One Hundred Years of Solitude is a book that took the world by storm. It's a furious, passionate, seething novel filled with hallucinogenic scenery. With his groundbreaking book, Gabriel García Márquez not only established himself as a writer with singular vision, he also established Latin American literature and "magical realism" as forces to be reckoned with. There are many millions of copies in print worldwide, and the readership is so thrilled, the novel has been translated into more than three-dozen languages. Because of the ground he broke with One Hundred Years of Solitude, García Márquez won the 1982 Nobel Prize for literature. The first work in Spanish to become, a U.S. bestseller (it was originally published and widely read in Spanish in 1967) this was, in 1970 the book to read. And read it we did—and more than 30 years later, we still do!
Why You Should Read It
Read One Hundred Years of Solitude because of its passion. It's a wildly passionate book that brings to life mythical and colorful characters. In Macondo, wonderful, magical, fantastical, unreal things happen every day. They swirl on a canvas as unique and foreign as any you have known yet they evoke basic human truths that are as real as every day. And through this fantastic town and its fantastic people, you will come to appreciate the magic of your own life.
It's a book where a lot happens, and what happens will move you. You'll find your blood boils and your stomach flips from all the love, compassion, conflict, heartbreak, beauty, stubbornness, despair, humor, simplicity, complexity, intellect and prophecy. One Hundred Years of Solitude will inspire you to connect with your family, love more deeply and dream bigger and find deeper truths within yourself.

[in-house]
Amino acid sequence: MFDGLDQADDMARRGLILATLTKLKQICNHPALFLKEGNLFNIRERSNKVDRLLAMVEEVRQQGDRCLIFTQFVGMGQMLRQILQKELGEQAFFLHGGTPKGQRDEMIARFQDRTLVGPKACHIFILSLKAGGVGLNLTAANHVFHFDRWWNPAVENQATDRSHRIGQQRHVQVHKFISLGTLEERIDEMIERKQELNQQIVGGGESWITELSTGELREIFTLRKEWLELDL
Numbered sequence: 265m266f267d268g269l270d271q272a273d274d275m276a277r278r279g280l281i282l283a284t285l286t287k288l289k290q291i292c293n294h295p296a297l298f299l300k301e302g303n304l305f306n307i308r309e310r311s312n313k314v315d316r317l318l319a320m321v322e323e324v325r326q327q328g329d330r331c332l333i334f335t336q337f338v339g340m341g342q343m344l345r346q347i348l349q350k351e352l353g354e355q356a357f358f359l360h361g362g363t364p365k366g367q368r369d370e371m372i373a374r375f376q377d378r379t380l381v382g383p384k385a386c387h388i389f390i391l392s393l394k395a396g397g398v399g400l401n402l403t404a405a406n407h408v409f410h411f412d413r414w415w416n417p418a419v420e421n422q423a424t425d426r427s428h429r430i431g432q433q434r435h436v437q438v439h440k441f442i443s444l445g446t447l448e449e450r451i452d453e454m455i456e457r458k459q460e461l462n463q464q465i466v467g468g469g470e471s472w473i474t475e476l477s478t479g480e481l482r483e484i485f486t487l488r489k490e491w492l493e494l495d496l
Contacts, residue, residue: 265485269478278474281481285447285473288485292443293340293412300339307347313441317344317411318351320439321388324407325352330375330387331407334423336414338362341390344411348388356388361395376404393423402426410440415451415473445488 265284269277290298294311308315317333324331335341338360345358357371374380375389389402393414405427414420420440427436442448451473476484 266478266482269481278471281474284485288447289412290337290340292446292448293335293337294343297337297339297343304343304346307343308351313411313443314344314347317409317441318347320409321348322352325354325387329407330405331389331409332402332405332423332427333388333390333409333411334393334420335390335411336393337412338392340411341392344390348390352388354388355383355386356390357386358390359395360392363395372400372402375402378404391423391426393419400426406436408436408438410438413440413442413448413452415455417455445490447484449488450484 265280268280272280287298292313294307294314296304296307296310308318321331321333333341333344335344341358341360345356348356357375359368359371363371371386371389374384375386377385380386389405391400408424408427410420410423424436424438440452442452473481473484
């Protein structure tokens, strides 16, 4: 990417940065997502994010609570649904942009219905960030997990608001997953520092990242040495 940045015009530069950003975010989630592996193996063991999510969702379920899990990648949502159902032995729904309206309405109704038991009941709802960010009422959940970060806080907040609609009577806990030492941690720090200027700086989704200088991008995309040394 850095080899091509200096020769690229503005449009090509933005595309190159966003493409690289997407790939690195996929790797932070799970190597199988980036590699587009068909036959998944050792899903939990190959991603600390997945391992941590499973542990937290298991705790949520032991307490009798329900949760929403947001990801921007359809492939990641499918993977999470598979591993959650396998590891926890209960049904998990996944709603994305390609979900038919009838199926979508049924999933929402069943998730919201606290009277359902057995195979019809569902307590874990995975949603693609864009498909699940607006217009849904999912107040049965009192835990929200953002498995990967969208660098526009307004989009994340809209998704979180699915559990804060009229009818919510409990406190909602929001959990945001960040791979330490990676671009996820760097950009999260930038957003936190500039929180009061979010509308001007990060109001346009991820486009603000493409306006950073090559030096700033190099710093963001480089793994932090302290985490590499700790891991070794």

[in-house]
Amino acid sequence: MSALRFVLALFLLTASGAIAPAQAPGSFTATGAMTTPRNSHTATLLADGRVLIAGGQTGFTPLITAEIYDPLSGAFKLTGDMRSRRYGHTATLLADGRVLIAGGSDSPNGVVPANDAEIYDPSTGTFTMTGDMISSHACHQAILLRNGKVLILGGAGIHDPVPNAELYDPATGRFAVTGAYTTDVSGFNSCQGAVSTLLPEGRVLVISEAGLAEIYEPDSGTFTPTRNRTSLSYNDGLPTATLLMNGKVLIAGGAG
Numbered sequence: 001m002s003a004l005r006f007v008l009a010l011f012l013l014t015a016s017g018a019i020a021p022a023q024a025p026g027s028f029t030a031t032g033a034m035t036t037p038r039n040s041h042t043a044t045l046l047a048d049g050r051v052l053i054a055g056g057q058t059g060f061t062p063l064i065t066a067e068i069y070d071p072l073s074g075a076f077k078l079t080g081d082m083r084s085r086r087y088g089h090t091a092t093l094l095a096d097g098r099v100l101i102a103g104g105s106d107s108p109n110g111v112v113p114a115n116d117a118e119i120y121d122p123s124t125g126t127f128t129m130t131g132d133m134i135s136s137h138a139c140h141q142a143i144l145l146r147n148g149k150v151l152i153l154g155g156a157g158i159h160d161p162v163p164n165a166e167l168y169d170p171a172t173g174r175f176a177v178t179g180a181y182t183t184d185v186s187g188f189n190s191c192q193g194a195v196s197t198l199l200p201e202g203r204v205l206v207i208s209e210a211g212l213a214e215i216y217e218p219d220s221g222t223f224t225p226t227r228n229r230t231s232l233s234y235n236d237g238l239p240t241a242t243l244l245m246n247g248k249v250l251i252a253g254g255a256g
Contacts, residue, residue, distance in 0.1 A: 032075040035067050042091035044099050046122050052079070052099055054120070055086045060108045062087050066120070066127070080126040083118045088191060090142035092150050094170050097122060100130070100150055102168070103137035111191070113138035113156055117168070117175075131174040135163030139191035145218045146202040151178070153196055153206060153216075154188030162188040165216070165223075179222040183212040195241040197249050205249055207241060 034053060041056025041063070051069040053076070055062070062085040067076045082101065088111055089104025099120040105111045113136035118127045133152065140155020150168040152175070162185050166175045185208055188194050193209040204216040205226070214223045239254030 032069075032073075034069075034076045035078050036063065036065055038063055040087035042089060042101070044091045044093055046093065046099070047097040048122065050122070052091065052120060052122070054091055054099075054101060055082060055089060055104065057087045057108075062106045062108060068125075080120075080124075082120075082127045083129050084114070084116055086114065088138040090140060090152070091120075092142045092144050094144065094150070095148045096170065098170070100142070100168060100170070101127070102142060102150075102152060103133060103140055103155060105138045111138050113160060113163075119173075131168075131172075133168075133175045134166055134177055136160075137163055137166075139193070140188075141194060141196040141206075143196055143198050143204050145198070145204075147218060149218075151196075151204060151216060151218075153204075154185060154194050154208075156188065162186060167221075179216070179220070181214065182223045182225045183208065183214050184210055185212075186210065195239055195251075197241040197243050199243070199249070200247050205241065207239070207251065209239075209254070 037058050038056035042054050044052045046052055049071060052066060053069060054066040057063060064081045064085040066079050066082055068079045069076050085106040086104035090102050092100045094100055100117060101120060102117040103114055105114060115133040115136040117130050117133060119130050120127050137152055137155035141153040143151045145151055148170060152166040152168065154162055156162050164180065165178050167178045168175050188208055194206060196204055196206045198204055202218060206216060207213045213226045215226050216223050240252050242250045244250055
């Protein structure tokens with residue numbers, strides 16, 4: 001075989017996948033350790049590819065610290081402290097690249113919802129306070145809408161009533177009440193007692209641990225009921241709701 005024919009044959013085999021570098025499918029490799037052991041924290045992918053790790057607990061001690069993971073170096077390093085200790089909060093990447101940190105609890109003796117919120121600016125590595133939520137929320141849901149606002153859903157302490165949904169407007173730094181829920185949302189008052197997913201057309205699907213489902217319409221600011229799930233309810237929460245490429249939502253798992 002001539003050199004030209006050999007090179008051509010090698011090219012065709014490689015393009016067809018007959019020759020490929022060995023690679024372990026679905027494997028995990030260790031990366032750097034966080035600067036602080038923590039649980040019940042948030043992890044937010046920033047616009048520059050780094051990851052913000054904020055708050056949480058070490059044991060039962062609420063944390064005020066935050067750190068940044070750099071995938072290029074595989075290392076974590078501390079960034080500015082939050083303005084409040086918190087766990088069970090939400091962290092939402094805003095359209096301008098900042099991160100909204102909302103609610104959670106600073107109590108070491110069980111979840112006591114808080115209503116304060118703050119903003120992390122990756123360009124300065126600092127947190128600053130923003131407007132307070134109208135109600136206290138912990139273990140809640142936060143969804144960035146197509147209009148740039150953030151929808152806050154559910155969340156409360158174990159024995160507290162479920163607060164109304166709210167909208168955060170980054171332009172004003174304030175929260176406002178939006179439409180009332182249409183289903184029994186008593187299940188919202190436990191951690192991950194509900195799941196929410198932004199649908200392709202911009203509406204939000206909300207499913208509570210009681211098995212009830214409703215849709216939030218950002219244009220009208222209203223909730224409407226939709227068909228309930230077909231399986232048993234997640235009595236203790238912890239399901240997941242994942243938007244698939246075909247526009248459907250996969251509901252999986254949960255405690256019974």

The Road to Macondo
Writing teachers will tell you: Write what you know. Gabriel García Márquez did. The author's journey to create Macondo, the fictional town of One Hundred Years of Solitude, began on Saturday, February 19, 1943. He set out, with his mother, to sell their ancestral house in Aracataca, Colombia. It was the house he had been born in. He arrived in town tired from a long journey. He breathed the rarified air and fell in love all over again. The whole town seemed dead and frozen, filled with ghosts and memories. When he recalls the journey, he says of it, "I could not have imagined this simple two-day trip would be so decisive that the longest and most diligent of lives would not be enough for me to finish recounting it." It took this author nearly twenty years and three other novels (none of them autobiographical) to put it down on paper, but the seeds of One Hundred Years of Solitude were sown on this fateful trip.